Economic Infrastructure of Punjab Province
Economic infrastructure consists of roads, highways, electricity, and gas. An efficient network of highways, link roads, and Farm to Market roads is operative in the province, rendering good services to the various communities in the process of development.
Roads are the predominant mode of transport in the country, handling more than 90% of the passenger and freight traffic that has an average annual growth rate of 4.5% and 10.5% respectively. Increasing trends of road network expansion in the province are owed largely to increases in traffic population densities. In recent years, an overall demand for road transport has grown at the rate of 7 to 8% per year, which surpasses average GDP growth rates by significant margins. Ever-mounting demand prioritizes the construction of additional road links in the province to overcome existing gaps in road densities in both the north and south zones of the province. Medium Term Development Forum (MTDF, 2009-12) aims to enhance existing road densities through rehabilitation, improvement, widening, and construction of the road network. Planning approach and emphasis in the development program, however, is focused on the consolidation of existing road assets.
Lahore Metro Bus Service (the first of its kind in Pakistan) started operating in February 2013. A 27 km long road track has been built for the Metro Bus Service, from Gajumata to Shahdara; of this track, an 8.5 km long section is elevated.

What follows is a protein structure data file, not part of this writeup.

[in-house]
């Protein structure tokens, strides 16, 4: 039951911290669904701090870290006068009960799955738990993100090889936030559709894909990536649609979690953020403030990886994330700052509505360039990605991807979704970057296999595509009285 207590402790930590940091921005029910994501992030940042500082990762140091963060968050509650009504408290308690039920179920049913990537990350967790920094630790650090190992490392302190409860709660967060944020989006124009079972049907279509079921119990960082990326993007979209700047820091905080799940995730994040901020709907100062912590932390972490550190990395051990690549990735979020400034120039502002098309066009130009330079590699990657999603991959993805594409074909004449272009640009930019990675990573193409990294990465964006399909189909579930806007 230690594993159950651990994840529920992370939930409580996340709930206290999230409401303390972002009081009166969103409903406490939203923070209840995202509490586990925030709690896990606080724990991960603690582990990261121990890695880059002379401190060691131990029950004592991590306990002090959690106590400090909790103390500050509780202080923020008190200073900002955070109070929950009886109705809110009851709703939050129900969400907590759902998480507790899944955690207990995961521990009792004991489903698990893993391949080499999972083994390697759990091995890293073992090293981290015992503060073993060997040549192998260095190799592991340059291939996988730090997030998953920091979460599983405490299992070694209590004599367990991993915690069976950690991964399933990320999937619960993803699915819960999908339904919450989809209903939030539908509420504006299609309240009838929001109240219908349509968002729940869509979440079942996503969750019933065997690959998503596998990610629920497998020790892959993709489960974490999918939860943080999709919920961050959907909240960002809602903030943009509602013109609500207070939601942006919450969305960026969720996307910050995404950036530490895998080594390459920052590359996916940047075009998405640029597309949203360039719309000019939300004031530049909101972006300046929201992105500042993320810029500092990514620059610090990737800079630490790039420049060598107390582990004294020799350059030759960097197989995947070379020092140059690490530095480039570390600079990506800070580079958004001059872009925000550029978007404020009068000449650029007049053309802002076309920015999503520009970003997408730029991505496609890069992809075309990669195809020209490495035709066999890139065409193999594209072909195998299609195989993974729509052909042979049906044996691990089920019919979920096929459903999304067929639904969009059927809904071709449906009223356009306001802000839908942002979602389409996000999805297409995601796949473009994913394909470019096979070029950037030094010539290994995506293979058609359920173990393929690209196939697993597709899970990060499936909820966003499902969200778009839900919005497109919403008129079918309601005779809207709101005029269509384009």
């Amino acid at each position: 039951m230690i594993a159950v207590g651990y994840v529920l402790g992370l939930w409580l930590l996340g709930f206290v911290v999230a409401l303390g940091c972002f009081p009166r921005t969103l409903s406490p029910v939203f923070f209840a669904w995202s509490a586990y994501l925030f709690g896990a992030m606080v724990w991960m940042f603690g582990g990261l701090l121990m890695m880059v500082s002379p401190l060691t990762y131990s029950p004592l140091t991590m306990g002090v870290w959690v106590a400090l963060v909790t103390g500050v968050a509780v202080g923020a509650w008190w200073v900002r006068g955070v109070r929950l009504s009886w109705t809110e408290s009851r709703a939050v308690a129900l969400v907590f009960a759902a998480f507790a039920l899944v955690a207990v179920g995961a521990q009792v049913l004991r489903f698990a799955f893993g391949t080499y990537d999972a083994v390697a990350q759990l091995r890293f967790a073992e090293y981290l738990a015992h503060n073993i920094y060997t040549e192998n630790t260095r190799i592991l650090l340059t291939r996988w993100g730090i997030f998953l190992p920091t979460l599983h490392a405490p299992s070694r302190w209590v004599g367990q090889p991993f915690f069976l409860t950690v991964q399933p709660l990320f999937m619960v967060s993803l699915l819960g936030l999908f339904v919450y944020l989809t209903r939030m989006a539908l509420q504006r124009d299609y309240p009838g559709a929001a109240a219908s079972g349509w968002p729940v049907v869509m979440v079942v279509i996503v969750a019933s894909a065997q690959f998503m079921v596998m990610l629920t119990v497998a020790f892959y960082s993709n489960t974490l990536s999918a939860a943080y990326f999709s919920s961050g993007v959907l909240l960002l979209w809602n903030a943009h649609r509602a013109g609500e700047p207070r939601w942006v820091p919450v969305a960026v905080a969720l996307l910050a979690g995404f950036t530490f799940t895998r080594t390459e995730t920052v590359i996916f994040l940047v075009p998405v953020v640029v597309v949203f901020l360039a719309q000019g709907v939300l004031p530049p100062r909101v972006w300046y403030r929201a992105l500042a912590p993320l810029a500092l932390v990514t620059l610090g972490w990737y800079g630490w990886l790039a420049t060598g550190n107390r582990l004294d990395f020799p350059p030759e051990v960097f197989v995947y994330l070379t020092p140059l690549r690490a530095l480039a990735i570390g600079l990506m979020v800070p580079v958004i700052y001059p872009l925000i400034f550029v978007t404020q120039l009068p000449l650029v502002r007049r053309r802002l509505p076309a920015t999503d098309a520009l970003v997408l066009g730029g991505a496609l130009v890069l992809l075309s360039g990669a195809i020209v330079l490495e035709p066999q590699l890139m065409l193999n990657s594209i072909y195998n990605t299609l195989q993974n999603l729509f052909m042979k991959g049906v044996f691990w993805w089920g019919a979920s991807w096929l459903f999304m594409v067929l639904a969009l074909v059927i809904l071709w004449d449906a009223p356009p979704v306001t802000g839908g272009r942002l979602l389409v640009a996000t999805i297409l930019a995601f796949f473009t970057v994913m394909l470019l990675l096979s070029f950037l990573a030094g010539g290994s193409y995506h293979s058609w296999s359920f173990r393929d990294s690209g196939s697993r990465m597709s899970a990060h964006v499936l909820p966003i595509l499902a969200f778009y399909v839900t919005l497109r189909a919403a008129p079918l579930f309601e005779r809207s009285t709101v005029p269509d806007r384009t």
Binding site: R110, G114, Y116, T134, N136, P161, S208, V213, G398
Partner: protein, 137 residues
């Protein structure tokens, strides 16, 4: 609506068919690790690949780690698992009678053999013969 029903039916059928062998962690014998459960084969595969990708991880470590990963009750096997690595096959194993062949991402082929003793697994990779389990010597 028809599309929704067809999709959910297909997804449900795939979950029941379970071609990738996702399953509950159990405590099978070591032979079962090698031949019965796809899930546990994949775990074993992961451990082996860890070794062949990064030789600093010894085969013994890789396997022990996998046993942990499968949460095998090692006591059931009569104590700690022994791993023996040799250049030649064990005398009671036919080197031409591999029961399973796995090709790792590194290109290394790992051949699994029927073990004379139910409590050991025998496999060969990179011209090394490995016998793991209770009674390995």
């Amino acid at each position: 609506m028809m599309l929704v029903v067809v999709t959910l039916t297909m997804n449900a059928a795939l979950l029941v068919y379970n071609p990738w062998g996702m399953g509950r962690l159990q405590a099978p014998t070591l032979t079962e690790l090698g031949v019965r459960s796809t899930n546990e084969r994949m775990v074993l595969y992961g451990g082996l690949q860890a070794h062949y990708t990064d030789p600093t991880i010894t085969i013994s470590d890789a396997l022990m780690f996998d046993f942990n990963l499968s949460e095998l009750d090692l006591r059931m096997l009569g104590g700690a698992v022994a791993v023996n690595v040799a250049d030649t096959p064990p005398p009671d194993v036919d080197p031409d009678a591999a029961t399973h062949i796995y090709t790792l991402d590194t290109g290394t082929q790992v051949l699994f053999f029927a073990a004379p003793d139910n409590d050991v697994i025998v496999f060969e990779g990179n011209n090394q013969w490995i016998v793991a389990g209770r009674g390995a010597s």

The Farm to Market roads were built to connect the rural areas with the urban. The Sugar Cess Roads were built to provide access to the sugar mills situated in each district.
The following table shows the total lengths of various road types in Punjab as per Punjab Development Statistics 2018-19:
|Total Road length||87,744 km|
|National Highways||2,062 km|
|Provincial Highways||81,540 km|
|Sugar Cess Roads||3,374 km|
|Low Type Roads||325 km|
Table 1.13 Punjab Road statistics
Figure 1.31 Road Map Punjab
Figure 1.32 Motorway (M 1) interchange
Figure 1.33 Bhurban Murree Road
Pakistan Railways forms the lifeline of the country by catering to its needs for mass-scale movement of freight as well as passenger traffic. Not only does it contribute to national growth, but it also promotes national integration. Nearly all urban areas and most of the rural areas are connected by railway lines. In all, there are 41 major train stations in the province.
Samjhota Express runs from Lahore to Amritsar and then on to Delhi, India. A container rail service has recently started providing service between Islamabad, Tehran, and Istanbul.